Donald Trump dealt a fatal blow to Marco Rubio, defeating the state’s sitting senator in the Florida primary who suspended his campaign shortly after.
“After tonight, it is clear that while we are on the right side this year, we will not be on the winning side,” the Florida senator told his supporters.
The Associated Press projected Trump would win big in the Sunshine State as soon as all polls closed across the state at 8 p.m. ET.
On the Democratic side, Hillary Clinton is projected to defeat Bernie Sanders in Ohio, North Carolina and Florida, according to the AP. She’s on pace for big wins, helping her pad her delegate lead over the Vermont senator.
Tuesday night’s primary races in Florida, Illinois, North Carolina, Missouri and Ohio are expected to most consequential yet of the primary calendar and determine whether the race for the White House is going to be a long slog for both parties.
Florida is the biggest delegate prize of the night for both parties. For Republicans, it’s the first state to award all its delegates to the primary winner and not proportionally, meaning Trump will take all 99 delegates.
Ohio is the other winner-take-all state of the night. There, it’s Gov. John Kasich who is looking to stop Trump’s march to the nomination by capturing the state’s 66 delegates.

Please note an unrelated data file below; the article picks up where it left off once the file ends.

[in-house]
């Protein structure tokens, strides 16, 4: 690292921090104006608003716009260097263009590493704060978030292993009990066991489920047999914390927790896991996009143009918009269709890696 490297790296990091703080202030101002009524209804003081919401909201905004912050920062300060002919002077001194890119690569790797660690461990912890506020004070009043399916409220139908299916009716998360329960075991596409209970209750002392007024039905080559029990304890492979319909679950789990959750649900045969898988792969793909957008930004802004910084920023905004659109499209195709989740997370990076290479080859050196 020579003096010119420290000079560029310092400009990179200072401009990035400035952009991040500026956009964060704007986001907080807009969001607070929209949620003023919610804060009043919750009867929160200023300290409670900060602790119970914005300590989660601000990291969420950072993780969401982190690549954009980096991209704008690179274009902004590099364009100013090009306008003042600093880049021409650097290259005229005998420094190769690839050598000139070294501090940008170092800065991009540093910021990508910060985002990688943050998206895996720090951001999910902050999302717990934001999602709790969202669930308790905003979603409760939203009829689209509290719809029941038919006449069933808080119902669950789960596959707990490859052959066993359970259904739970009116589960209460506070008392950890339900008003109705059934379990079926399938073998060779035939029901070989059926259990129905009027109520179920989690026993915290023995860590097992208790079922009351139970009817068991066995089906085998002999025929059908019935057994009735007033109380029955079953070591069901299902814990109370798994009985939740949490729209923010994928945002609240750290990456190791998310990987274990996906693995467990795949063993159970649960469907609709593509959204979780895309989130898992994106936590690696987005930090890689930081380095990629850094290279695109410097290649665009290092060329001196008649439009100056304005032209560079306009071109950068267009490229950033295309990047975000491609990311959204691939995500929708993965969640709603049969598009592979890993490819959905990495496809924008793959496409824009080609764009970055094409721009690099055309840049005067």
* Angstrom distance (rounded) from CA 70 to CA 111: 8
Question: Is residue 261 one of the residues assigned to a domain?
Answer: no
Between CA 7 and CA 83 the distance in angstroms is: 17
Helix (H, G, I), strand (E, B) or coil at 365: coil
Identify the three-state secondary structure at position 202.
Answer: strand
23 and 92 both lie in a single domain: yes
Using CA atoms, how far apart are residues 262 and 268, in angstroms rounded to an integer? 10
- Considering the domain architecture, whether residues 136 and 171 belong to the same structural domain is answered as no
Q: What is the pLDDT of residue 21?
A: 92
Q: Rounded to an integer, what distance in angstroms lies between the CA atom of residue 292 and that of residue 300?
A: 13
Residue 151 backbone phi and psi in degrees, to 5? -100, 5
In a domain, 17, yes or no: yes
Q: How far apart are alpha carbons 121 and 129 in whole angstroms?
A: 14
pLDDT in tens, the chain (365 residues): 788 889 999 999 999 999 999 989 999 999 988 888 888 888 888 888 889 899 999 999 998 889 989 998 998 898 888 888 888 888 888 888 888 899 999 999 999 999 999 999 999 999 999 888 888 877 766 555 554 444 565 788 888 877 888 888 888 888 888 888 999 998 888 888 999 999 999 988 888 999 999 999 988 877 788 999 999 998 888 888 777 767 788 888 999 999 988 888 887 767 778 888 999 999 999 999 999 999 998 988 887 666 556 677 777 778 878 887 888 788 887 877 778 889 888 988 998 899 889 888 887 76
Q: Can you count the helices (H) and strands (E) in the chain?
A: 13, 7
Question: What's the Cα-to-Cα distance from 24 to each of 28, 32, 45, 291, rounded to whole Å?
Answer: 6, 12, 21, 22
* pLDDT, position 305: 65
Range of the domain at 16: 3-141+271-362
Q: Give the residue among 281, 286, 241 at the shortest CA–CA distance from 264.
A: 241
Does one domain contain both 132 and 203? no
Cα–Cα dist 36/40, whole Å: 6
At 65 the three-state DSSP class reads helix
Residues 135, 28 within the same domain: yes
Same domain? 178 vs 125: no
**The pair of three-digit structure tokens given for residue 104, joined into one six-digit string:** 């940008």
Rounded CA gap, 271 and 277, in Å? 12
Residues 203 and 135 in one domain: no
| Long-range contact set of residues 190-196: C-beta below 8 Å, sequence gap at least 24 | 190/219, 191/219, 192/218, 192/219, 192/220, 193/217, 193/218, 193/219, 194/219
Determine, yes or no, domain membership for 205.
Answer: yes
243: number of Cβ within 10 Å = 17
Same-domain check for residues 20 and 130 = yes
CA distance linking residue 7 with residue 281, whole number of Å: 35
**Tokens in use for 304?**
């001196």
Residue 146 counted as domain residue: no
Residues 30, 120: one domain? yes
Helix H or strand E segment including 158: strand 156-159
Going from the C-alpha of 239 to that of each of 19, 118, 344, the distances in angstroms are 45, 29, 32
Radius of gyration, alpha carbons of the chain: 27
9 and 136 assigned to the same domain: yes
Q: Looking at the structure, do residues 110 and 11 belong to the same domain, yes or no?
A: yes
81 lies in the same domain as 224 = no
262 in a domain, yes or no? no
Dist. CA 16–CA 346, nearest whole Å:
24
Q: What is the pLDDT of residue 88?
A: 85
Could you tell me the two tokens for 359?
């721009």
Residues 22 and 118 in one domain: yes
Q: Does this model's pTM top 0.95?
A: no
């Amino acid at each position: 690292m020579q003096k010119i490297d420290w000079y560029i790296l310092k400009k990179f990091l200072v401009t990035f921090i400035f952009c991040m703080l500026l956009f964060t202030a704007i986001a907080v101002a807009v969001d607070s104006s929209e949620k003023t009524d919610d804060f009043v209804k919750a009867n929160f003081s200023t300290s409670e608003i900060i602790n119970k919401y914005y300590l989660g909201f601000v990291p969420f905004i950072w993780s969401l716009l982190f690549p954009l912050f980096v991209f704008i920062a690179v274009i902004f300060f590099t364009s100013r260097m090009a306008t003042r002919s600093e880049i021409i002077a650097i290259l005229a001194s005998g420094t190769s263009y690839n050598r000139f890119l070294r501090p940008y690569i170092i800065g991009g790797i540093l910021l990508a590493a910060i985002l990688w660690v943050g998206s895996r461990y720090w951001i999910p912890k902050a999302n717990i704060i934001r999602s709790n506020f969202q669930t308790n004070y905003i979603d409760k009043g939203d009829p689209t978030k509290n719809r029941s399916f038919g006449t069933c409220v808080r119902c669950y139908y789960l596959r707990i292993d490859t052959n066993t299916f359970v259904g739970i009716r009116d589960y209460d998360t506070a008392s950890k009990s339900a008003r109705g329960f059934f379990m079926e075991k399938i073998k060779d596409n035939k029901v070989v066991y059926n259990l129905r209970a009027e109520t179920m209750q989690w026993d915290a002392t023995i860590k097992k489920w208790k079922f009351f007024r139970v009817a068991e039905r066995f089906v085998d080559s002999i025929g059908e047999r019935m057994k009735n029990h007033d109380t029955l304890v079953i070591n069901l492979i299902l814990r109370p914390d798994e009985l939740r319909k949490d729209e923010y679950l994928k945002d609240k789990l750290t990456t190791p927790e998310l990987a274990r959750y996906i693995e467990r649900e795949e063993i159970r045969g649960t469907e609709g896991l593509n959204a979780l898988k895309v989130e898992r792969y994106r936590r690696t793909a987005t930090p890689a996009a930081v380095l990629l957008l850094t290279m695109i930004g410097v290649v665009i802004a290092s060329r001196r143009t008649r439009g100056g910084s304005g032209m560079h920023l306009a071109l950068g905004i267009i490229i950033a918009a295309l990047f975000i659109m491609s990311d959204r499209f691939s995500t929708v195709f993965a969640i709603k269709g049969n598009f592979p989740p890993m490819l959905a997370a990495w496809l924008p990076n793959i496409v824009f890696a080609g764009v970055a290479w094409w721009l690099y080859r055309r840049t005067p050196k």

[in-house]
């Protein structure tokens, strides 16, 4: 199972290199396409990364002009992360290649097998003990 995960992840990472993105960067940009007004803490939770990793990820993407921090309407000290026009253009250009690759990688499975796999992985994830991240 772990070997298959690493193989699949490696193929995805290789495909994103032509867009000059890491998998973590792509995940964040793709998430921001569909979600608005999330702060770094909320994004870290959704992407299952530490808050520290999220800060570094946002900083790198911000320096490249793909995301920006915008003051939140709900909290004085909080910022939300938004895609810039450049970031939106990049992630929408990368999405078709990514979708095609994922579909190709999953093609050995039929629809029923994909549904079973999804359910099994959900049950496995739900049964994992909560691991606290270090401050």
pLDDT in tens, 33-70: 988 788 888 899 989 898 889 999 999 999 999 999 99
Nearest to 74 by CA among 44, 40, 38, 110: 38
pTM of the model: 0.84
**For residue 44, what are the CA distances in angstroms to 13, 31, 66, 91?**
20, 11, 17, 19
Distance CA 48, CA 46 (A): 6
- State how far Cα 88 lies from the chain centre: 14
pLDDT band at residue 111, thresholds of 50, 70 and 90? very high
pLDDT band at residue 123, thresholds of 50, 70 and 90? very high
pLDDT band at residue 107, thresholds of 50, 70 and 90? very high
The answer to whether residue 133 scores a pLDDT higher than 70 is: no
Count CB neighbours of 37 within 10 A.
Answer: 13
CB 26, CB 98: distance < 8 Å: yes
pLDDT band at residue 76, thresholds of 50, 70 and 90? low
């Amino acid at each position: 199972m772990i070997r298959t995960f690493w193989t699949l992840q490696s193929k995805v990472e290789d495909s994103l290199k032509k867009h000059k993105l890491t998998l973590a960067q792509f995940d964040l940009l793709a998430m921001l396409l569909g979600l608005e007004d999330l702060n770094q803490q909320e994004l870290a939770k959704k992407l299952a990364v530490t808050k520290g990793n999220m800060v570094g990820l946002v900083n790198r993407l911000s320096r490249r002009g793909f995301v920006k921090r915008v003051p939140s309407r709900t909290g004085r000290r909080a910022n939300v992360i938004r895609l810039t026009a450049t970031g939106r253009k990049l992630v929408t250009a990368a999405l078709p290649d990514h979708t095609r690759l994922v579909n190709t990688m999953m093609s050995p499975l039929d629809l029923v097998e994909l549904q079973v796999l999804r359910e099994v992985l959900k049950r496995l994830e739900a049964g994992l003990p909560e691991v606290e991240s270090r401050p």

Elsewhere, Texas Sen. Ted Cruz is looking to bolster his argument that he’s the strongest Republican left standing to block Trump’s path toward the nomination. He’s hoping strong finishes in North Carolina, Illinois and Missouri, where his campaign manager is from, could give him a boost.
On the Democratic side, Sanders got a surprise win last week in Michigan. Other Rust Belt States voting tonight, like Illinois, have a similar electoral makeup, which his campaign hopes will give him more wins over Clinton and keeps a narrow path clear for him to take the nomination. But a loss in Ohio, another state they hoped to challenge Clinton in, dimmed some of that hope early on Tuesday.